October 22, 2010 |
Operas set in Los Angeles are exceedingly rare creatures. The ultra-modern metropolis would seem like an odd fit for an art form that isn't generally known for embracing the contemporary. But in the case of the opera "America Tropical," the history of L.A. provides an epic backdrop on which musicians harmonize the city's past and the present in poetically time-bending ways. "America Tropical" covers 200 years of Los Angeles history, from the city's founding in the 1780s to the Rodney G. King beating and aftermath of the early 1990s.
November 18, 2010 |
The surviving prologue of an unfinished, long-lost opera by Dmitri Shostakovich will have its world premiere in December 2011 in a semi-staged production at Walt Disney Concert Hall, capping a multi-year process of musical sleuthing and improbable discoveries that's nearly as eye-opening as the work's bizarre subject matter. Esa-Pekka Salonen will conduct the Los Angeles Philharmonic in three performances of the reconstructed prologue to the opera, "Orango," a blisteringly satirical 1932 work about the wayward doings of a grotesque half-man, half-ape creature that the Russian composer wrote in collaboration with librettists Alexei Tolstoy and Alexander Starchakov.
October 18, 1997
Bravo! L.A. Times for "A Generation of L.A. Opera Singers Comes of Age" by Jan Breslauer (Oct. 15). I am a huge fan of L.A. Opera and it's about time that the company and its artists get the exposure they deserve. L.A. Opera is truly a gem and deserves more attention than it is receiving. That is why I was pleasantly surprised when I turned to the Calendar section and saw the familiar faces of Rodney Gilfry, Suzanna Guzman, Greg Fedderly and Hector Vasquez. Opera is alive and kicking, but the general public is not aware of this.
May 7, 2004 |
The Santa Fe Opera plans to present an opera in Spanish for the first time in nearly three decades, general director Richard Gaddes said. Argentine Osvaldo Golijov's "Ainadamar," which opened last year at Tanglewood, will be revised for the 2005 season by Golijov and director Peter Sellars. It is based on the life of poet-playwright Federico Garcia Lorca. The Santa Fe Opera's last Spanish-language production was Manuel de Falla's "La Vida Breve" in 1975.
January 20, 2005 |
If you're curious about opera but not quite ready to pop for a ticket, you can always get a taste of it at home. Some first-rate performances have been captured on celluloid and video, and they might just whet your appetite for the real thing. * Barber of Seville Rossini's enduring comedy pits two young lovers and a wily barber against a greedy older guardian who wants the girl -- and her dowry -- for himself. Cecilia Bartoli stars in this 1988 Schwetzingen Festival performance.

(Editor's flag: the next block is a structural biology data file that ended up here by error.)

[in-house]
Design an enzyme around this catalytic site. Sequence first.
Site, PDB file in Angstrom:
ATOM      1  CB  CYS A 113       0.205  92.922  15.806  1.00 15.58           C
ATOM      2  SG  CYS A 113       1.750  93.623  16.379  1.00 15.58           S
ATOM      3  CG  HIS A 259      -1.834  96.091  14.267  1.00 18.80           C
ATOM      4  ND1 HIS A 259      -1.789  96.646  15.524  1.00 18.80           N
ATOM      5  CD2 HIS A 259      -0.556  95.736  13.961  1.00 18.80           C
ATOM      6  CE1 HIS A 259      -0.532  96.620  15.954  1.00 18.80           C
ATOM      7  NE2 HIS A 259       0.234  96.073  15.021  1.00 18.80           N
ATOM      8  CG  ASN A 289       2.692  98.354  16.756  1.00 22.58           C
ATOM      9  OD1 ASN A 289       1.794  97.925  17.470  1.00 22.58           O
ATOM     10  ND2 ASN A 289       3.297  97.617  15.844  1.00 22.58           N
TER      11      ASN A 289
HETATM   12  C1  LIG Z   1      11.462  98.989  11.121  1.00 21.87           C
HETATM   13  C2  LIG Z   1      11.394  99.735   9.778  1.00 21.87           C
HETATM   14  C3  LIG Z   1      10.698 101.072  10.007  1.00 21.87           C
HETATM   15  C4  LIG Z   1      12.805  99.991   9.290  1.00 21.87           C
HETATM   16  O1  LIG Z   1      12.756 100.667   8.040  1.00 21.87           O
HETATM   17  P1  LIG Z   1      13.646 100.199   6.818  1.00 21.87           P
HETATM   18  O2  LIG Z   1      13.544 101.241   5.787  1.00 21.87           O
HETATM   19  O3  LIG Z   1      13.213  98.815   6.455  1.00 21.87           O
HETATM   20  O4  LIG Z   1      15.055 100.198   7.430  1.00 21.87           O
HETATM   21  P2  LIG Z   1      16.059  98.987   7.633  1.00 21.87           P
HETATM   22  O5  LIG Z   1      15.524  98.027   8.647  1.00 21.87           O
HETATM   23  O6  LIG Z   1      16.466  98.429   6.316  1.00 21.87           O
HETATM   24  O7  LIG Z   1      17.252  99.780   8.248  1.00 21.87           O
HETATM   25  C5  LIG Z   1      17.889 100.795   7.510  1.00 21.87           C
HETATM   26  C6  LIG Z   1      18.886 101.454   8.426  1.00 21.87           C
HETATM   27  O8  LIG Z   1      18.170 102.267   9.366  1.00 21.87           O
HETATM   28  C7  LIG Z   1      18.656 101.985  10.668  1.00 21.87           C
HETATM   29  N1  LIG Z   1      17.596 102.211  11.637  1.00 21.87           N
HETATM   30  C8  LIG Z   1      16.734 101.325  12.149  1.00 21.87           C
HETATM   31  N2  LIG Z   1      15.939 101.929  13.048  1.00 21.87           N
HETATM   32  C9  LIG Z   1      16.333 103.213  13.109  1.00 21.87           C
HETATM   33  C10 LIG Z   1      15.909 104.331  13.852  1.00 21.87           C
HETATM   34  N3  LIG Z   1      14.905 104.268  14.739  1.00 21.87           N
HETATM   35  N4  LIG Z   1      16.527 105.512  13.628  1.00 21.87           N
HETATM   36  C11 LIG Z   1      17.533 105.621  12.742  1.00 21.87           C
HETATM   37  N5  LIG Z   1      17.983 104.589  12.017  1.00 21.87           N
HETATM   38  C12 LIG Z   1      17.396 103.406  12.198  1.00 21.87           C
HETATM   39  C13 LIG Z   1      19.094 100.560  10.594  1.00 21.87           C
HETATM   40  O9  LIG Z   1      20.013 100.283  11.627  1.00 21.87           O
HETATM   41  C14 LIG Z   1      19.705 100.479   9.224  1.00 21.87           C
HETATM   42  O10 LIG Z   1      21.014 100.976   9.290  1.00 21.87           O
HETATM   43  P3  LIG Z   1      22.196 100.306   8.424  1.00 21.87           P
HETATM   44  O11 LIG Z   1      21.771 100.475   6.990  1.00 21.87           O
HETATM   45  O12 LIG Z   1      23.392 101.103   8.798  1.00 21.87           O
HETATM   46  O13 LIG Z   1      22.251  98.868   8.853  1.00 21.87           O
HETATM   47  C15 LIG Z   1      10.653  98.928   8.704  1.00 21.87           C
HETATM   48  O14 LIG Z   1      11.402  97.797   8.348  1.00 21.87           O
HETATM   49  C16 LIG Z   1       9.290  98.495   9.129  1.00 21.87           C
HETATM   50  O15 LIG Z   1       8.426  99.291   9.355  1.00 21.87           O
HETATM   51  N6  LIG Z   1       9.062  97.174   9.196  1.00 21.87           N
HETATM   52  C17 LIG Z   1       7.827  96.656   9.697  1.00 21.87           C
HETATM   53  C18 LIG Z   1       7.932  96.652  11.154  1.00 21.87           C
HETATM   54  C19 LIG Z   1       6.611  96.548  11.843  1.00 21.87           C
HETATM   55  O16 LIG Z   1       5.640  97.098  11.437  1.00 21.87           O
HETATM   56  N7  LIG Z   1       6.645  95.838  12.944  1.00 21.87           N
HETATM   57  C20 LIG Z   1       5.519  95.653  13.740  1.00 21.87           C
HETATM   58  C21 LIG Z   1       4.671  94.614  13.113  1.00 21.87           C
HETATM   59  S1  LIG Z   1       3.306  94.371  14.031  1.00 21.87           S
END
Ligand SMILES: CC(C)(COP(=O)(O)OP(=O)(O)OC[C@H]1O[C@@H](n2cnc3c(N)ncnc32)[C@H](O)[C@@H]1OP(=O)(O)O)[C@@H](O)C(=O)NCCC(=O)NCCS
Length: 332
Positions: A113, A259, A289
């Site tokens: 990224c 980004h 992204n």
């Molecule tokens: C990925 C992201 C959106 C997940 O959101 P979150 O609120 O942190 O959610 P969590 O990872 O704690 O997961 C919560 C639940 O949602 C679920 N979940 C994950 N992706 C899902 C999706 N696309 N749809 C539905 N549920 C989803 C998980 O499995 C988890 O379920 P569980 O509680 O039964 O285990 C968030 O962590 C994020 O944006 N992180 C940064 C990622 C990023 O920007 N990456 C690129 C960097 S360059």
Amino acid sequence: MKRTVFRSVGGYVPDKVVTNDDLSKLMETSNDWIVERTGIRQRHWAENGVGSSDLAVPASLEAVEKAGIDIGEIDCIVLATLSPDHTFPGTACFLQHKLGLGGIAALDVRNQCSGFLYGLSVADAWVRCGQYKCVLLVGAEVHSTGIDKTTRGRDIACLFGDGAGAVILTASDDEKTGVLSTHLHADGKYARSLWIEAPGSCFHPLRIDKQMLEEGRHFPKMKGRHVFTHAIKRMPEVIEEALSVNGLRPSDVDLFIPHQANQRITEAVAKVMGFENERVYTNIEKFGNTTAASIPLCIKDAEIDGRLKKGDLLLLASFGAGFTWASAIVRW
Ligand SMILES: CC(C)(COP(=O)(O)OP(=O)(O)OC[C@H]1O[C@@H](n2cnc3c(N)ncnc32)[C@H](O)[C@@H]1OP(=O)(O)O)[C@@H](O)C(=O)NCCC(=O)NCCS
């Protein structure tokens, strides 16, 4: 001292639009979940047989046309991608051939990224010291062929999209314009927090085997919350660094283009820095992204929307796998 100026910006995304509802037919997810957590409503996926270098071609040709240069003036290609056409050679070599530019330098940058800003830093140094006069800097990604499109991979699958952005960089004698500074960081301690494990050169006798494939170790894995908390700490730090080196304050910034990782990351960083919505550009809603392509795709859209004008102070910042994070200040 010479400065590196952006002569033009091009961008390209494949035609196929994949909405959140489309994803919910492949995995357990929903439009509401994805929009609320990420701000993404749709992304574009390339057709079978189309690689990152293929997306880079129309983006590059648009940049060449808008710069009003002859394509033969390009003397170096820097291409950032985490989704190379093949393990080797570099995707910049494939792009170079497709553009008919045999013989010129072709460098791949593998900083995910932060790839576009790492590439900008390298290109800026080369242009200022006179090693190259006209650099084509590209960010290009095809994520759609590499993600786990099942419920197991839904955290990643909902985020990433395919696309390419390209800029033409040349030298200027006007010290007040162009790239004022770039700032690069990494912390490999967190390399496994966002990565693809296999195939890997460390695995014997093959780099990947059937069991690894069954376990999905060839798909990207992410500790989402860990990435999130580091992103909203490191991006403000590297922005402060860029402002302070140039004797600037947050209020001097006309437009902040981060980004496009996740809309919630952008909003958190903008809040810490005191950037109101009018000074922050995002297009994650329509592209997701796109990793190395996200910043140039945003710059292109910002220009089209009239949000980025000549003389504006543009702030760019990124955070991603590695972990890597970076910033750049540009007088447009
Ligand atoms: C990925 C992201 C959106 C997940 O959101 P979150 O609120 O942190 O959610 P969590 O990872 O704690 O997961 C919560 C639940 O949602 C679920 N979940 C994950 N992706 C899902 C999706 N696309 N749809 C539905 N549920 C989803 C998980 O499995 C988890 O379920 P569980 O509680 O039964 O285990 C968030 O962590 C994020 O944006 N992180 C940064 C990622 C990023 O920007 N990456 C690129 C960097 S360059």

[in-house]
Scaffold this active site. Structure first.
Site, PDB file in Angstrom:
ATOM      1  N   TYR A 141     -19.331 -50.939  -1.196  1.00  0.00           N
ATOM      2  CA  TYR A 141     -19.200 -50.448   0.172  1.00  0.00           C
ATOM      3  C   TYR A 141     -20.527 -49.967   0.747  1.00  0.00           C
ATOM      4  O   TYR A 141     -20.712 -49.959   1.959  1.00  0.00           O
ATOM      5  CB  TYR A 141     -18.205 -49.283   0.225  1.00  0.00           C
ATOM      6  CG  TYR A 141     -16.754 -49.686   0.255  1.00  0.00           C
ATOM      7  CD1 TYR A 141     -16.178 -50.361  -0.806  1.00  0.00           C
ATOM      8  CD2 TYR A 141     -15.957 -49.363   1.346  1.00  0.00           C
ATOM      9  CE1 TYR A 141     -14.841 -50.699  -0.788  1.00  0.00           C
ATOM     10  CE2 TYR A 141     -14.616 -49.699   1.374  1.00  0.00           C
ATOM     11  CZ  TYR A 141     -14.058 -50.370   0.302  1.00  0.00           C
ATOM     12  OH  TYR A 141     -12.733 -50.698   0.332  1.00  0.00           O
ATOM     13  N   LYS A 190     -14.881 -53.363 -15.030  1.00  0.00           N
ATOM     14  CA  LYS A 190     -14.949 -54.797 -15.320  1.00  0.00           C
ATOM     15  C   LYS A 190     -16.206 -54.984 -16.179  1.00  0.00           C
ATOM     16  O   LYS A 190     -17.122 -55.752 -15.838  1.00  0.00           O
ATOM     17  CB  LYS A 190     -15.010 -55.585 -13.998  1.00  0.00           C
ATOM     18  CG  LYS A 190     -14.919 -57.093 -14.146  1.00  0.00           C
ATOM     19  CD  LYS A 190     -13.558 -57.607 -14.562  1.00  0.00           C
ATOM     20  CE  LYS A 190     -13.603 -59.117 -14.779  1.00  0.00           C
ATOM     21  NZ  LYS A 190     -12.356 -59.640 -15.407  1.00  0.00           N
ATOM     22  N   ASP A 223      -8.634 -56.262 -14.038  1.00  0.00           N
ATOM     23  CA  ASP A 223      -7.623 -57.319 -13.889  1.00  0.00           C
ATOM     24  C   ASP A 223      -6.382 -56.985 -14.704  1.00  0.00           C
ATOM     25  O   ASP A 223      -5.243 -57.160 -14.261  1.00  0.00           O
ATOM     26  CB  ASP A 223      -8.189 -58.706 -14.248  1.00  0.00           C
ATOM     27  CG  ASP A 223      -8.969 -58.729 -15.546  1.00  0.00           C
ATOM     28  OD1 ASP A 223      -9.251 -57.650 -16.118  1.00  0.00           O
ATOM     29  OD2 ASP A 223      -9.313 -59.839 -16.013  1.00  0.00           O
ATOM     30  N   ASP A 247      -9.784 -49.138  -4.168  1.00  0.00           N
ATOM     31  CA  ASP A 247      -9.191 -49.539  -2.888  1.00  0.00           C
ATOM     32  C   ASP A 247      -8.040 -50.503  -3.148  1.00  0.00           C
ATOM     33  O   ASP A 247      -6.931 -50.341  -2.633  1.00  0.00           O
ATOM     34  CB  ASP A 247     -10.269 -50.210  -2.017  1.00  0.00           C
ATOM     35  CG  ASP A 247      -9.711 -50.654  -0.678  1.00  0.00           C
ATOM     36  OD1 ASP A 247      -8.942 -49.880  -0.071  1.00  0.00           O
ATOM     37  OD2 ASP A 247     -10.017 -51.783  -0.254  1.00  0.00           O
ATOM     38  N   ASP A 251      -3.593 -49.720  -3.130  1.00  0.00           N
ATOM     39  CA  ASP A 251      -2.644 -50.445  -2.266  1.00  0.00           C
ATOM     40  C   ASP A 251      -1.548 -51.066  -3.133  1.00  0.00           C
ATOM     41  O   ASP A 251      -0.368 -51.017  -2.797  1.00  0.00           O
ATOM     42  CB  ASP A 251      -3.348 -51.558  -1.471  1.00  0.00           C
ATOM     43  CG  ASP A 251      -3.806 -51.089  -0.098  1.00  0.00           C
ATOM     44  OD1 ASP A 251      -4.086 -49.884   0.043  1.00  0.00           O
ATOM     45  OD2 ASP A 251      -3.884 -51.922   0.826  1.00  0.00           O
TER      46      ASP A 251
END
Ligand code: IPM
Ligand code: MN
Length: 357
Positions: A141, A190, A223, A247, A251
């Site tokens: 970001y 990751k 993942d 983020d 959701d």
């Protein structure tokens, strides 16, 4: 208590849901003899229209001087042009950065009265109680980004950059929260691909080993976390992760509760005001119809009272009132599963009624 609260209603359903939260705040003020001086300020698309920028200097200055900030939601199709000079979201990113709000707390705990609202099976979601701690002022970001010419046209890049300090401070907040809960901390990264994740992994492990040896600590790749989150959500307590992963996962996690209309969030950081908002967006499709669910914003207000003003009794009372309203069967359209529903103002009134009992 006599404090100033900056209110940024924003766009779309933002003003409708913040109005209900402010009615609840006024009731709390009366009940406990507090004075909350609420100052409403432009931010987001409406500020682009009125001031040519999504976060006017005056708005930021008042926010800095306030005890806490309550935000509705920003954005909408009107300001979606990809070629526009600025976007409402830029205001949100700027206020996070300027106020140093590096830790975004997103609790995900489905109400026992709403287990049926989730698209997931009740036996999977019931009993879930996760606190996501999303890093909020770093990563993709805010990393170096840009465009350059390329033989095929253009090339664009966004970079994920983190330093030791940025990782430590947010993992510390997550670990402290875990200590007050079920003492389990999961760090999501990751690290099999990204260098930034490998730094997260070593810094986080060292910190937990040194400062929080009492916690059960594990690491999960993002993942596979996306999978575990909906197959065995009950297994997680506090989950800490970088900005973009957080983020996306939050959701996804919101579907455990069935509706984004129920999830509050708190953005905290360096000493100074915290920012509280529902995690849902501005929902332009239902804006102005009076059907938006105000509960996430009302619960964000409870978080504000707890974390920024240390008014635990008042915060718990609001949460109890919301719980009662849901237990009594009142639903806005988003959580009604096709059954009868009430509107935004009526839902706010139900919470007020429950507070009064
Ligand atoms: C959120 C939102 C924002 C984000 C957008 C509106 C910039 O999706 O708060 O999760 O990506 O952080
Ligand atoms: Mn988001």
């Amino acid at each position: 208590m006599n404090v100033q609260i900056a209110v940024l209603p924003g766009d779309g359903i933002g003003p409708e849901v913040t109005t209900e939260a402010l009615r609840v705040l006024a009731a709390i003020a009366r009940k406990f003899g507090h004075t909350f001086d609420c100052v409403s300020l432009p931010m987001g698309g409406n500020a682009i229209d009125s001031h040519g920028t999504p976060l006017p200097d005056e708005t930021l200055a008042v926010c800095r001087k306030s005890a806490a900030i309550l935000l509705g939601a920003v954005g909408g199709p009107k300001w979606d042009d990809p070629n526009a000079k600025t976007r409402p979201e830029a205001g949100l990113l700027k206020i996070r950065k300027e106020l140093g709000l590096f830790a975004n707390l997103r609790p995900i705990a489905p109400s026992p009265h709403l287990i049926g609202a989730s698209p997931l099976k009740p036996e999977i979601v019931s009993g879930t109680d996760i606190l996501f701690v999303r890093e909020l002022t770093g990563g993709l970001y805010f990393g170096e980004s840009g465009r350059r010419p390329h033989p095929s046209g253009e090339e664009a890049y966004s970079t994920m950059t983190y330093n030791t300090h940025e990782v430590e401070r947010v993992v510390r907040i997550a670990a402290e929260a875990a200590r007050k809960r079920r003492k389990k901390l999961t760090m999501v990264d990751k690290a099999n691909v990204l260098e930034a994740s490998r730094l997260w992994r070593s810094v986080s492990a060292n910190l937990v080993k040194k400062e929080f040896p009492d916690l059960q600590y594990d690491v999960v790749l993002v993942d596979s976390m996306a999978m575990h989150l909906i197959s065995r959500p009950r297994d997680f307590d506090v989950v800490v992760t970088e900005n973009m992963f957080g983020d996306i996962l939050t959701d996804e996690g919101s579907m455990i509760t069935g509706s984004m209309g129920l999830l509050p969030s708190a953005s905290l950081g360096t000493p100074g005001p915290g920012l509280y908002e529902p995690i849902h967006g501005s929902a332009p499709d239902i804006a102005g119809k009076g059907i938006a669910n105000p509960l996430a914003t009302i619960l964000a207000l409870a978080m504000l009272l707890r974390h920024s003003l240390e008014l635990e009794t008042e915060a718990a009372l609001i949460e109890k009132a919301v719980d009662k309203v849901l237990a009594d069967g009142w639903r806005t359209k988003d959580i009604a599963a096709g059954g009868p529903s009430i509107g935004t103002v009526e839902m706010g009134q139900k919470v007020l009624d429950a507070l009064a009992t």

February 16, 1990 |
There aren't many organizations with ardor to equal that of the Music Center Opera League. Entrusted with the task of expanding the Los Angeles Music Center Opera's audience, league members act, according to President Joan Thompson, "like missionaries going out into the community telling everyone opera is here--and it's wonderful."
October 22, 2006
IN the late 1970s and early 1980s, opera power brokers at the Music Center had no real idea where to go with this most mercurial and trying of art forms ["Holding Onto a High Note," Oct. 8]. Other people and companies did. In 1979, a feisty lady named Johanna Dordick formed a company called Los Angeles Opera Repertory Theatre (later L.A. Opera Theatre). A year later, the company unveiled its first production, Benjamin Britten's "Albert Herring," at the Wilshire Ebell Theatre, starring a then-unknown tenor named Jonathan Mack.
June 6, 2006 |
A Vivaldi opera that has not been performed officially for several centuries will be featured at this summer's Festival of the Two Worlds in the Umbrian hill town of Spoleto, Italy, organizers said Monday. American conductor Alan Curtis, who said he has been working on the opera for more than 10 years, will lead the Baroque Ensemble in the first performance since 1723 of "l'Ercole su'l Termodonte."
May 14, 2006 |
TRESA WAGGONER, the Bennett, Colo., elementary school teacher put on leave for showing her students a video clip of Gounod's "Faust," was honored by Opera America at its recent Opera Conference 2006 in Seattle. On May 6, Waggoner received an award of distinction "in recognition of outstanding commitment to opera education," the national service organization reported.
April 6, 2005 |
A female suicide bomber appears on a London stage and blows herself up along with the cast. The finale to the English National Opera's production of Richard Wagner's "Twilight of the Gods" is just the latest in a series of shock tactics by the company that brought pole dancing, gang rape and multiple stabbings to the sometimes staid world of opera. But the scene failed to impress critics long used to the company's radical productions.